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The most famously cosmopolitan city in Switzerland thanks to the presence of the UN, Geneva doesn’t disappoint. First, there’s the prime location slap-bang in the heart of Europe and framed by the snow-capped peaks of the Jura Alps. Then, there’s the magnificent Lake Geneva (Lac Lemain to locals) that still provides a hub for city life, as well as the location for the city’s most famous monument, the towering Jet d’Eau.
But while Geneva has no shortage of natural wonders, it is also a hub for diplomacy, watch-making and science, the latter thanks to the presence of CERN and its Large Hadron Collider just outside the city. The other two make their presence felt as well, not least in the shape of the Palais des Nations, the UN’s European headquarters, and the flagship stores of Patek Philippe and Piaget in the city centre’s boutique-lined boulevards.
Unsurprisingly, all this means Geneva is hardly the cheapest city to visit, with locals more likely to be spotted in Prada than Primark and prices for everything from hotels to eating out requiring a healthy budget. Nevertheless, bargains are there to be had, particularly in the arty Bains and Plainpalais areas, both of which are awash with flea markets and quirky contemporary galleries. Equally worth a visit is Carouage, a suburb founded by Sardinian immigrants and now one of the most popular places in the city once darkness falls.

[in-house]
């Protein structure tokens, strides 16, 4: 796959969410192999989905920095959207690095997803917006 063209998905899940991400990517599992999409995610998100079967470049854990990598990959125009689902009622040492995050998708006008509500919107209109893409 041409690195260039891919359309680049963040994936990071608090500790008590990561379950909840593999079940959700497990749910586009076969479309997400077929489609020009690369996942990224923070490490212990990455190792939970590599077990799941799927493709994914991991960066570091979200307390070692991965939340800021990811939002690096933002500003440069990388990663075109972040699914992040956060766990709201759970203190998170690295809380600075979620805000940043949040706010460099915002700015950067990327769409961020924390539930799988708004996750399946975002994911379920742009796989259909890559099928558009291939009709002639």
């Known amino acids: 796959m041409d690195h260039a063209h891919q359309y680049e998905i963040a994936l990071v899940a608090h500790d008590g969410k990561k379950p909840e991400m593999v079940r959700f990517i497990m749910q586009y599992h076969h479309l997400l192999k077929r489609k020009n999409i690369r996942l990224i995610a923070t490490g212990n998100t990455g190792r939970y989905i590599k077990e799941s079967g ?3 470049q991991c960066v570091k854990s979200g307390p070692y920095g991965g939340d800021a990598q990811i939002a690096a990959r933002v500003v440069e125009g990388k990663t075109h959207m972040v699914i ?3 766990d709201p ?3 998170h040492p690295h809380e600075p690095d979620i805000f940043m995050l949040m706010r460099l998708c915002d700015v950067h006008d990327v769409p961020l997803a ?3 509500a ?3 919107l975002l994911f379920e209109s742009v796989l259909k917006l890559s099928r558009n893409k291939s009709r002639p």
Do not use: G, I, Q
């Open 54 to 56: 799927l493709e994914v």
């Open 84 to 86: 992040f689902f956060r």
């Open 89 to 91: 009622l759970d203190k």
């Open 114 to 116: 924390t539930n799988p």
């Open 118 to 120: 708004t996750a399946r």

Money isn’t required for a day spent lounging on one of Geneva’s lake beaches either, with the Bains des Pâquis, which faces the Jet D’Eau, among the most popular. Built in the 1930s, the area also boasts a Turkish Bath and a series of quaint cafés, most of which come with a view of the lake and the paddle steamers that unhurriedly ply its waters. These steamers are also an inexpensive way to get a day out, with the wonderfully pretty Montreux and the vineyards just outside Vevey all within striking distance.